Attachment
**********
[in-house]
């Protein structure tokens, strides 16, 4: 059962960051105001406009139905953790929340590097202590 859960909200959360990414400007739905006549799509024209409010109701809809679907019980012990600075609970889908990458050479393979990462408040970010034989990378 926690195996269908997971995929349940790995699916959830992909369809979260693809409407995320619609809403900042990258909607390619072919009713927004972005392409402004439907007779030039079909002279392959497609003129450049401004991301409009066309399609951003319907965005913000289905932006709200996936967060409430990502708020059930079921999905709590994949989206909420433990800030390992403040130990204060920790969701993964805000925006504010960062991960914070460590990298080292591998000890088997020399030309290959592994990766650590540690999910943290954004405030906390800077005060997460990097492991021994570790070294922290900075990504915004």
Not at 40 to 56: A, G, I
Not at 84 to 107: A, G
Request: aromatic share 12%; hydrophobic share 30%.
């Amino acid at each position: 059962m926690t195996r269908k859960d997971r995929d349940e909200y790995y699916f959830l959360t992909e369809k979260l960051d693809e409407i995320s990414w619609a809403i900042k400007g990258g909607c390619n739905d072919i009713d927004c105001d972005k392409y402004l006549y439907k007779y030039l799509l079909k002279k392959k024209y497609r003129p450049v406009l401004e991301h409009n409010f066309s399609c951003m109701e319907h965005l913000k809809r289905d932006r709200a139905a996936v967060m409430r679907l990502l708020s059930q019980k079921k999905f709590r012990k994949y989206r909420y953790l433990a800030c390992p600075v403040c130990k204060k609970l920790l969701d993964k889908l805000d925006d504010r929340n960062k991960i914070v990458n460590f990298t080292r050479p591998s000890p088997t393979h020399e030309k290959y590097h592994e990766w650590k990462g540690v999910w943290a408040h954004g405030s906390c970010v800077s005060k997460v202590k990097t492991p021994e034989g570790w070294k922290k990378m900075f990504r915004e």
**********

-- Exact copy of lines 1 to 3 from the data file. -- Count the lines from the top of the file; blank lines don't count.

[in-house]
């Protein structure tokens, strides 16, 4: 059962960051105001406009139905953790929340590097202590 859960909200959360990414400007739905006549799509024209409010109701809809679907019980012990600075609970889908990458050479393979990462408040970010034989990378 926690195996269908997971995929349940790995699916959830992909369809979260693809409407995320619609809403900042990258909607390619072919009713927004972005392409402004439907007779030039079909002279392959497609003129450049401004991301409009066309399609951003319907965005913000289905932006709200996936967060409430990502708020059930079921999905709590994949989206909420433990800030390992403040130990204060920790969701993964805000925006504010960062991960914070460590990298080292591998000890088997020399030309290959592994990766650590540690999910943290954004405030906390800077005060997460990097492991021994570790070294922290900075990504915004």
Not at 40 to 56: A, G, I